LONDON (Reuters) - Sterling gained on Thursday after the Bank of England held interest rates at 0.75%, defying money markets that had seen a 50% probability of a cut to help the economy.
Following the move, interest rate futures moved to almost price out a rate cut at the March meeting as well, reinforcing the pound’s gains. Money markets are still pricing in a quarter-point reduction by September, however.
“Both the hold and the vote will add upside pressure for the pound,” Neil Jones, head of FX hedge fund sales at Mizuho said.
Sterling rose to $1.3109, up 0.7% on the day and its highest since last Friday, but last traded just below $1.31. Against the euro, the currency gained 0.5% to 84.13 pence.
The meeting, the last under Governor Mark Carney, was one of the least predictable for years. Money markets had factored in a 50% probability of a 25-basis-point rate cut.
Britain’s economy struggled at the end of 2019, prompting several policymakers to say this month they would vote for a rate cut unless data improved. Carney said earlier this month a case could be made for a precautionary cut.
But economic momentum has shown signs of picking up since December’s general election, the BOE said, adding that signs of global stabilisation also meant stimulus was not needed yet.
The Monetary Policy Committee remained split 7-2 as before, with external members Michael Saunders and Jonathan Haskel again voting to lower rates.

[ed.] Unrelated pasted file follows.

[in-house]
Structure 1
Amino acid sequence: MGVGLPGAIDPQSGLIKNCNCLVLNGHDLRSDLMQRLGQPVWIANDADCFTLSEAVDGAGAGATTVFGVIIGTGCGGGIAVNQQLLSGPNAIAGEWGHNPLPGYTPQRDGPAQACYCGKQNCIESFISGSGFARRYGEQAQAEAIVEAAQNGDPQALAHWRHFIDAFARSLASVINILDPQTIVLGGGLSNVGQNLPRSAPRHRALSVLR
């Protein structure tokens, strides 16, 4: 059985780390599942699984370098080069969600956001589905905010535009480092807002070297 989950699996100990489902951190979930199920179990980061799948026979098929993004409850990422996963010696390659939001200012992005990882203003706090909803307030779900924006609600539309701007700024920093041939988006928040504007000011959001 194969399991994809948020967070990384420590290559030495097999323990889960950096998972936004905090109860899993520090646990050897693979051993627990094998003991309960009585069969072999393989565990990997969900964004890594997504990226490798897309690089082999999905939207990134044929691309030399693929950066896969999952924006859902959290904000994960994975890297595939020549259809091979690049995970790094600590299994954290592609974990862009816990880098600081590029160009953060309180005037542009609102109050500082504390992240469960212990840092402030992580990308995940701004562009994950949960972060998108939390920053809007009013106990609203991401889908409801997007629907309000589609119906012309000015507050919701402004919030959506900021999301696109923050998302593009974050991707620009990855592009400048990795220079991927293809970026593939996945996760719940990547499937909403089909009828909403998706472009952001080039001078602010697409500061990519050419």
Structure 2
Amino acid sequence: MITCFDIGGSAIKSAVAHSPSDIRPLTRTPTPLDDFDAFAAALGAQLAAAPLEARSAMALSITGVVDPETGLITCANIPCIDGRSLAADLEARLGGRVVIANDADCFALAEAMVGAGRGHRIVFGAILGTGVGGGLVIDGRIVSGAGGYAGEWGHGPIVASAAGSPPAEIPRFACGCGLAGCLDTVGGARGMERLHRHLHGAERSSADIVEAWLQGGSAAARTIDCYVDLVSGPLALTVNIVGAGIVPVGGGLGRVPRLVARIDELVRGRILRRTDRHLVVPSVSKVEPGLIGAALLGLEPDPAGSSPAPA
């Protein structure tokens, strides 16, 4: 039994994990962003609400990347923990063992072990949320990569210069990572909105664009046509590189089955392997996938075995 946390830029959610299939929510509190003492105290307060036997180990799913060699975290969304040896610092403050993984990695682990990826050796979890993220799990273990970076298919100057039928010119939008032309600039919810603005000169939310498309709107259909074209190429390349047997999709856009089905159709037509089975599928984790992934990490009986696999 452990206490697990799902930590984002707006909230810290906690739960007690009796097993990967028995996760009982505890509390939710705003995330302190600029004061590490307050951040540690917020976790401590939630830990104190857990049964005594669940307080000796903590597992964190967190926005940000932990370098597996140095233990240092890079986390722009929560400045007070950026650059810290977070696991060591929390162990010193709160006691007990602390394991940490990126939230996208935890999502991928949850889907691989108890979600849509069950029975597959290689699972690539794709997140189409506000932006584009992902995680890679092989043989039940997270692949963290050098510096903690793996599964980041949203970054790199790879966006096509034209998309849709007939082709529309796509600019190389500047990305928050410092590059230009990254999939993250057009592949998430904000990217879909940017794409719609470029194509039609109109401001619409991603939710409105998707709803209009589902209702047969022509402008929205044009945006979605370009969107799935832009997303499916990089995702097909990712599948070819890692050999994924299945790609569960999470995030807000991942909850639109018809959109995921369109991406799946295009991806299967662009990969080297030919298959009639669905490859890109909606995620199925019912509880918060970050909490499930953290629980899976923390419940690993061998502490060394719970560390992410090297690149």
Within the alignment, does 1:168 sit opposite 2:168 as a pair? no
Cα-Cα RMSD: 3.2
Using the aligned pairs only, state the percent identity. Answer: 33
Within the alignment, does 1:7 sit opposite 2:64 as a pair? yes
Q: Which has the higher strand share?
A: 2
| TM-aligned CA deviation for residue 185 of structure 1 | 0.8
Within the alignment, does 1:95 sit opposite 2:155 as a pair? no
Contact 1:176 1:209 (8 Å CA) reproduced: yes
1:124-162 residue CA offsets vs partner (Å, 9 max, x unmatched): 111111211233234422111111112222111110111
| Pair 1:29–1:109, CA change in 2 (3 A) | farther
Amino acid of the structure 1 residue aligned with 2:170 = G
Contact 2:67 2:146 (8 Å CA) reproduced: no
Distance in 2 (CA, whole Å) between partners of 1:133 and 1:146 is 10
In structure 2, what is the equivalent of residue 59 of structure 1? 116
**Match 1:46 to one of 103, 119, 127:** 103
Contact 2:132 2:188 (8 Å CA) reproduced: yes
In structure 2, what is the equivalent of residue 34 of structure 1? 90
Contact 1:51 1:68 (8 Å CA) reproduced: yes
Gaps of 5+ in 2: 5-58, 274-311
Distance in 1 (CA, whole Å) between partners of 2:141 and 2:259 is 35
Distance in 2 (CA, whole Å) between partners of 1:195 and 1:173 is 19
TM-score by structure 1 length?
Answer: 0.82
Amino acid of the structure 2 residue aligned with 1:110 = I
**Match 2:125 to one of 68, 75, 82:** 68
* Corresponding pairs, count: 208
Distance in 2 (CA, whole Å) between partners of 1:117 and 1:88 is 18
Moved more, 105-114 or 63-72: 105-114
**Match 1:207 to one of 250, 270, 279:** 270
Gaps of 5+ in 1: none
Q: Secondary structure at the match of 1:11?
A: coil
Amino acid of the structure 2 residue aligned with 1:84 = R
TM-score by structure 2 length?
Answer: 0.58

The benchmark FTSE 100 equity index fell 1.5% to session lows as the pound rose. The mid-cap FTSE 250 benchmark rose before heading towards its lows for the day, losing 0.8%
Ten-year British government bond yields, which had dropped to three-and-a-half-month lows of 0.484% earlier, rose after the meeting to 0.53%.
Analysts expect sterling’s strength to be limited. More positive data on an economic rebound is needed before the currency could move much higher, they said.
Investors are also wary as Britain officially leaves the European Union on Friday, setting the clock ticking on an 11-month deadline to reach a trade agreement with the EU.
The BoE decision prompted money markets to slash their expectations for a rate cut in March, the month its new governor, Andrew Bailey, takes over. They now see just a 16% probability of a 25 bps cut, versus 80% before the announcement.
Dean Turner, UK economist at UBS Wealth Management, said recent flash PMIs signalled a post-election economic recovery but added that the economy was likely to hit more obstacles.
“Therefore we still expect the BoE to cut rates at some point in the next six months to give the economy additional support,” Turner said.
Reporting by Tommy Reggiori Wilkes and Sujata Rao; editing by Larry King, Kirsten Donovan